The roadway has leveled, cleared and cleaned many century-old, abandoned industrial sites, making them usable for redevelopment. NEO Food Hub and the Weston Group are planning a 205,500-square-foot distribution center west of East 79th Street and south of the Orlando Baking Co. plant, according to documents filed with the City Planning Commission. It will bring more than 200 new jobs to the area. This will be the first major private development along the new boulevard that’s due to open by the end of this year.
Meanwhile, the Greater Cleveland Regional Transit Authority (GCRTA) is investing hundreds of millions of dollars in its rail system which has several lines converging in this area. GCRTA opened in March its newly rebuilt East 79th Red Line station, an investment of $8 million. It replaced the Blue/Green line tracks west of Woodhill Station last year for $10 million and is reconstructing tracks east of there for $41 million. And, by the end of this year, GCRTA will start ordering new trains to replace its four-decade-old rail fleet, an investment of nearly $300 million.
Burten Bell Carr Development Inc. (BBC) is leading the development of transit-oriented development — mixed uses built along sidewalks near rail and bus rapid transit stations — along East 79th. The Blue/Green station at East 79th is programmed for replacement in the coming years. The next station east, Woodhill Station, was rebuilt by GCRTA in 2012. It attracted the first phase of the Woodhill Homes redevelopment — a 120-unit apartment building called Woodhill Station.
“Construction is already underway for development near the Woodhill RTA station as a part of the (Woodhill Homes) project,” said BBC Executive Director Joy Johnson.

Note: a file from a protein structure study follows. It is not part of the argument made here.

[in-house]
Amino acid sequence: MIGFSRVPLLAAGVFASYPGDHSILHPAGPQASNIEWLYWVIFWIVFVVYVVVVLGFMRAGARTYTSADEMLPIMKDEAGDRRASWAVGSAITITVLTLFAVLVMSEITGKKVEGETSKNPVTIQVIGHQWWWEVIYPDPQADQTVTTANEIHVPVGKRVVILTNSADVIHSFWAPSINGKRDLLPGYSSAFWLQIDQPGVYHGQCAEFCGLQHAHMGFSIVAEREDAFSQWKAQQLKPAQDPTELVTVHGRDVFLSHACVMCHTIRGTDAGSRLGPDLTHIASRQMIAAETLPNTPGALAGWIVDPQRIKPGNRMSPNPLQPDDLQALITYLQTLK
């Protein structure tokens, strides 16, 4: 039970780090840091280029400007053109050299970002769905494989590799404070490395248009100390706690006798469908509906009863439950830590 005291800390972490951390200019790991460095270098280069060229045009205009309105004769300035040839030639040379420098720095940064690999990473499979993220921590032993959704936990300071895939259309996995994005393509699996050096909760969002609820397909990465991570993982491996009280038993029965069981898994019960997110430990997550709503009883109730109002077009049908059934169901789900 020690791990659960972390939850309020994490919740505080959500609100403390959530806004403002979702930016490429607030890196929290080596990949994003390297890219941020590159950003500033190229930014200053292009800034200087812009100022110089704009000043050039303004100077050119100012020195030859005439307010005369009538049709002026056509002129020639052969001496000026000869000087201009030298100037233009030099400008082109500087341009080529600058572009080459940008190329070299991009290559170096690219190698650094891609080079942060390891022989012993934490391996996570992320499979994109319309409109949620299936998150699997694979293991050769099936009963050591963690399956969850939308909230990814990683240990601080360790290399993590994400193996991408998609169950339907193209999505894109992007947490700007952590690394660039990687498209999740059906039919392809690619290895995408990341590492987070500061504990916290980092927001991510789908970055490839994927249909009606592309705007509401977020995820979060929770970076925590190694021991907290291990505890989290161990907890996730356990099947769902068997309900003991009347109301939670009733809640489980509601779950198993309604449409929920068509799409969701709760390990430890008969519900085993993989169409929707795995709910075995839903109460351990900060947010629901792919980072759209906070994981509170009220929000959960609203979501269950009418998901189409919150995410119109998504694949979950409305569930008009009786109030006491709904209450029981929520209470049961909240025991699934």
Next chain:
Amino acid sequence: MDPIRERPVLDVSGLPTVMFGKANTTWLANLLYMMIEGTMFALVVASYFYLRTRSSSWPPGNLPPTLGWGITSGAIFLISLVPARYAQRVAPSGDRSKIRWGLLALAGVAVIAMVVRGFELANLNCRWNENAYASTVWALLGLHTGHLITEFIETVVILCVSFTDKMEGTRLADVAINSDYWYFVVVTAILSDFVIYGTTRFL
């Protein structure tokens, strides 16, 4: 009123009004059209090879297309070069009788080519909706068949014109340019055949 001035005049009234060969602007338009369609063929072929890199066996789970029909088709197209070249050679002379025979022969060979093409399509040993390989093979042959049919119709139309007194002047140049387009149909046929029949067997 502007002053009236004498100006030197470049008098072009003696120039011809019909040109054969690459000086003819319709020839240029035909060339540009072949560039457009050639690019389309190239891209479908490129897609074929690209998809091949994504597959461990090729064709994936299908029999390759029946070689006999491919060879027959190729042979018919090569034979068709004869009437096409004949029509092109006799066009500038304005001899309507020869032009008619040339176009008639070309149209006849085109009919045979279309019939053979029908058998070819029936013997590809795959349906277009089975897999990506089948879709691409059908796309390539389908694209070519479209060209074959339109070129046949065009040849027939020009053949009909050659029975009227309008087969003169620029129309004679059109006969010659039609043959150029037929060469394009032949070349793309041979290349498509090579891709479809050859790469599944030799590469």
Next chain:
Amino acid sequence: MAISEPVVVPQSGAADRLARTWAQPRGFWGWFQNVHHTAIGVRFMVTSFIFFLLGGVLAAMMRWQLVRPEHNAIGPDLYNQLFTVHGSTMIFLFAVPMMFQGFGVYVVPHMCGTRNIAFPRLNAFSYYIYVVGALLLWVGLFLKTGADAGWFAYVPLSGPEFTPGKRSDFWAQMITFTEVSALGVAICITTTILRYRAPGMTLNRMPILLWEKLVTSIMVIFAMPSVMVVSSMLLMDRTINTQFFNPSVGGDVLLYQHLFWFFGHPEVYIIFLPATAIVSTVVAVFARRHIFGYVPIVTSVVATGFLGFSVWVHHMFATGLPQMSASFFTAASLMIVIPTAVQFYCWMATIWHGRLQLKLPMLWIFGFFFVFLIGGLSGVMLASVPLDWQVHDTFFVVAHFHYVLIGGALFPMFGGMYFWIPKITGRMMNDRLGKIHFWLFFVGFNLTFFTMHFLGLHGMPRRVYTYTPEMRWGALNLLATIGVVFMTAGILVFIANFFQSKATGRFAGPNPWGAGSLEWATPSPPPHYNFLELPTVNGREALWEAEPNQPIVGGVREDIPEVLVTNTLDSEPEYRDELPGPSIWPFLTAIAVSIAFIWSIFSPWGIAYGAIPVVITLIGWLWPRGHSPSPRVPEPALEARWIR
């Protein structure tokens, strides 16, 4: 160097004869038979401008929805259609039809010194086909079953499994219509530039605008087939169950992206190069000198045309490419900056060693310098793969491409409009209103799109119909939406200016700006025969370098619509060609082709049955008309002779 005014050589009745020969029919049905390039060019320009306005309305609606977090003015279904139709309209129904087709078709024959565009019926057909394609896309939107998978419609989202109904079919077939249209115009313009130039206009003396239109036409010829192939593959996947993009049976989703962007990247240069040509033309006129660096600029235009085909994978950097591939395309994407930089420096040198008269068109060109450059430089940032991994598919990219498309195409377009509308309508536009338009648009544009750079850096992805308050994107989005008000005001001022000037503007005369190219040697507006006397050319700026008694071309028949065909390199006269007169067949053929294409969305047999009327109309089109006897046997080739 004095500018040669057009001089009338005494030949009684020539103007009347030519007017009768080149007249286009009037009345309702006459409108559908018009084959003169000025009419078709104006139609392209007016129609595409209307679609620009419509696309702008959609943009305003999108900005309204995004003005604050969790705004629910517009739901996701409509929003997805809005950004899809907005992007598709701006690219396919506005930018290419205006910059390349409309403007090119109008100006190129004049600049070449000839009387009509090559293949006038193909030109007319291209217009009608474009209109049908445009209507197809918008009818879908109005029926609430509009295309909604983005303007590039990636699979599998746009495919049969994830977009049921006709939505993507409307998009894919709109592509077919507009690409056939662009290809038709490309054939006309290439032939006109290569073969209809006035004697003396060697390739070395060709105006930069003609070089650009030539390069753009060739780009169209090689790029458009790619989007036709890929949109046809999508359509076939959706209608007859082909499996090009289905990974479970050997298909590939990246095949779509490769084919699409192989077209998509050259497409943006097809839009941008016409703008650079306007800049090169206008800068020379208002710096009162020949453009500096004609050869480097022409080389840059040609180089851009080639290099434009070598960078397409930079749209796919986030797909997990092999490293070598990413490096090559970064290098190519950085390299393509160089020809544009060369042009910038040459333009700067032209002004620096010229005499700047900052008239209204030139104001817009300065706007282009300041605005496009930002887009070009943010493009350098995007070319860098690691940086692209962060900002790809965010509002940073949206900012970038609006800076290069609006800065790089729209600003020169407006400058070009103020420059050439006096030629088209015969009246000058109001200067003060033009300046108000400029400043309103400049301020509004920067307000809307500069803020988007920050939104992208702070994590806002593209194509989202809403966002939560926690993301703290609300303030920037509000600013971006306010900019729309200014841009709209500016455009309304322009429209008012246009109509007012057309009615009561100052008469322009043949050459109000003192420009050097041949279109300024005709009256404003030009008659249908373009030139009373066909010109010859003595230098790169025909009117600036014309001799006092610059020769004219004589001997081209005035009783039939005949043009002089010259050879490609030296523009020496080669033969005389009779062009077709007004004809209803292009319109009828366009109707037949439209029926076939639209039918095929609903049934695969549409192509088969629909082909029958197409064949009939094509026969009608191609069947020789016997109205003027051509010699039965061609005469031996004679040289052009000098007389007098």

Woodhill Station West — the first phase of the Woodhill Station development — is under construction in the 9500 block of Buckeye Road. A corner of Woodhill Station East — the next phase — is barely visible at right (City Architecture).
A second phase of the Woodhill Homes redevelopment will be built on Woodland Avenue near East 110th Street — 77 housing units including apartments and townhomes called Woodhill Center. A third phase, which wasn’t funded until today, would expand the Woodhill Station apartment complex with a second building, adding 69 housing units and commercial space for lease at the northwest corner of Buckeye and Woodhill roads.
As these first phases are completed, residents from the old Woodhill Homes will be relocated to them so that the 1940-built complex can be demolished and replaced with modern housing. Planned on the old Woodhill Homes site is a mix of apartments and townhomes totaling 372 units with 22 percent of them offered as market-rate housing.
“There is a stark change driving west on Larchmere Boulevard as it becomes Woodland Avenue in Cleveland,” HUD’s project background says. “The bustling, diverse, mixed-use Larchmere District gives way to empty lots, dilapidated buildings, and eventually the worn-down Woodhill Homes.”
Constructed on the site of Frederick Ingersoll’s Luna Park, Woodhill Homes was a Works Progress Administration urban renewal project built in the late 1930s. Woodhill Homes was ahead of its time and adorned with historical public art pieces celebrated by the community.
But as Woodhill Homes became worn through the years, the neighborhood around it experienced decades of disinvestment and abandonment. Today, the large concentration of severely distressed public housing with an antiquated superblock street design has created persistent challenges of isolation and crime experienced by Woodhill Homes’ residents.